Halloween: Resurrection, released in 2002, is very much of its time, with a story revolving around webcams and the Internet, and the then-brand-new medium of Reality TV. It also stars Tyra Banks and Busta Rhymes, who might play the only character in any of the timelines to karate kick Michael Myers through a window.

The film opens with a cameo by Jamie Lee Curtis, once again portraying Laurie Strode, who dies for a second time in the franchise — this time on screen as she falls from the roof of a psychiatric hospital.

Timeline #4
Halloween (2007), Halloween II (2009)

Sound familiar? These two films take the exact same titles as the original two, but they are 100% remakes in the truest sense of the word, and which was very much in fashion at the time. Fresh off his critical gorefests House of 1000 Corpses and The Devil’s Rejects, Rob Zombie decided to tackle the Michael Myers franchise next, remaking Halloween in 2007.

Dr. Loomis is back, this time played by yet another British veteran actor, Malcolm McDowell. Zombie’s Halloween has much more focus on Michael Myers before his breakout and All Hallow’s Eve killing spree. It’s also more of a tension-builder and slower horror film, very much in style then and even still now.

The film received mixed reviews but made a decent amount of money at the box office, enough to warrant a direct sequel and the tenth film overall in the franchise. This new Halloween II harkens closer to the convoluted plotlines of Halloweens 4-6 than it does the original sequel though, dealing with hallucinations and flashbacks and revealing, like Timeline #1 eventually does, that Laurie Strode is actually the sister of Michael Myers. It ends with the death of Dr. Loomis (that makes two for him) and with Laurie now committed to a psychiatric hospital (that’s twice for her.)

Timeline #5
Halloween, Halloween (2018), ???

After considering a sequel to Zombie’s films or yet another reboot, the rights holders and producers of the franchise decided to do a sequel to the original Halloween. This film, once titled Halloween Returns, would have followed the first two, just as 4-6 did in Timeline #1. Soon indie director David Gordon Green and frequent collaborator Danny McBride (yes, that Danny McBride) came on board to work on the film.

In the writing process, Halloween II was taken out of the continuity, so that this sequel, which takes place forty years after the original (and twenty since the release of H20) is a direct sequel to only the original Halloween, and ignores the events of every other Halloween film that follows it.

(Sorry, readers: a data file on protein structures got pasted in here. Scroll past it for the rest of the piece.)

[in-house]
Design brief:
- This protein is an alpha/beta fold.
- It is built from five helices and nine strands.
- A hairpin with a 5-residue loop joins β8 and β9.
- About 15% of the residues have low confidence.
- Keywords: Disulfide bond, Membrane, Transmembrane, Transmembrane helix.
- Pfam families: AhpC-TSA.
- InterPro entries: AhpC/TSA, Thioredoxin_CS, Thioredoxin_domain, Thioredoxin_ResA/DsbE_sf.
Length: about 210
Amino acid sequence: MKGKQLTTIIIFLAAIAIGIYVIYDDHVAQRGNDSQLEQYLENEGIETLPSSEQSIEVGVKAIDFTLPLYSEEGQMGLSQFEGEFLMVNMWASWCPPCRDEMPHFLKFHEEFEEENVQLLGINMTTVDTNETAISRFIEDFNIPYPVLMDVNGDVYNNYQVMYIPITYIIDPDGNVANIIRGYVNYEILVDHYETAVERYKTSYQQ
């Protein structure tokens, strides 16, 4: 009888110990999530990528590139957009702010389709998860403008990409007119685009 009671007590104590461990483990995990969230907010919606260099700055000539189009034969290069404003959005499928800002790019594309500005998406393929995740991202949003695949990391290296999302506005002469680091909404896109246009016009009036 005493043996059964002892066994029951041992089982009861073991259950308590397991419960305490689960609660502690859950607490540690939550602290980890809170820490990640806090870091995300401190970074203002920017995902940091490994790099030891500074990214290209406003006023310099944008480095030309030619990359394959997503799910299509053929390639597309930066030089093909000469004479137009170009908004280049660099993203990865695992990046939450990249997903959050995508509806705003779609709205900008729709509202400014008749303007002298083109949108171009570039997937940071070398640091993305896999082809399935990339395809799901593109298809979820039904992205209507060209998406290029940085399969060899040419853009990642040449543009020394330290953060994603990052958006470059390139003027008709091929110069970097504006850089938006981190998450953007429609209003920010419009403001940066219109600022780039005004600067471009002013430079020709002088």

The film will harken back to the original in plot and tone as well, as Myers will slowly make his way around town on Halloween night, picking off babysitters and anyone else who gets in his way.

It also brings back, once again, Jamie Lee Curtis as character Laurie Strode, who, as far as we know, isn’t the sister of Michael Myers. Whether Laurie Strode will die for the third time in the series or live for yet another sequel remains to be seen.

It’s doubtful Busta Rhymes will be back to karate kick Michael Myers through a window.

How Horror Movies Have Changed Since Their Beginning

Dracula with blood on his mouth

Terrifying people through stories? It’s been a pastime of we humans since antiquity, with a large swathe of folklore centered around things that go bump in the night (particularly supernatural goings-on, or anything related to—and exploiting—our innate fear of death.)

With such a strong precedent in literature and oral history, it’s no surprise that the horror genre was very quick to get its feet under the table soon after the advent of cinema.

Over the course of a century, film horror as it appears in film has gone through many peaks and troughs, leading us into the somewhat contentious period we find ourselves in today.

Where the genre will go over the next hundred years is anyone’s guess, but sometimes it’s good to look back on the long road we’ve traveled to get to this point.

The First Ever Horror Movie?

The origins of horror as a film genre begin with—as with many things in cinema history—the works of George Mellies.

Just a few years after the first filmmakers emerged in the mid-1890s, Mellies created what is widely believed to be the first ever ‘horror’ movie in 1898, complete with cauldrons, animated skeletons, ghosts, transforming bats and, ultimately, an incarnation of the Devil.

While not intended to be scary—more wondrous, as was Mellies’ MO—it was the first example of a film (only just rediscovered in 1977) to include the supernatural and set a precedent for what was to come.

The Literary Years

Between 1900 and 1920, an influx of supernatural-themed films followed with many filmmakers—most of whom still trying to find their feet with the new genre—turned to literature classics as source material. The first adaptation of Frankenstein was released by Edison Studios in these early days, as well as Dr. Jekyll and Mr. Hyde and The Werewolf (now both lost to the fog of time.)

Things were starting to roll at this point as we move into…

Title card from The Cabinet of Dr. Caligari

The Golden Age of Horror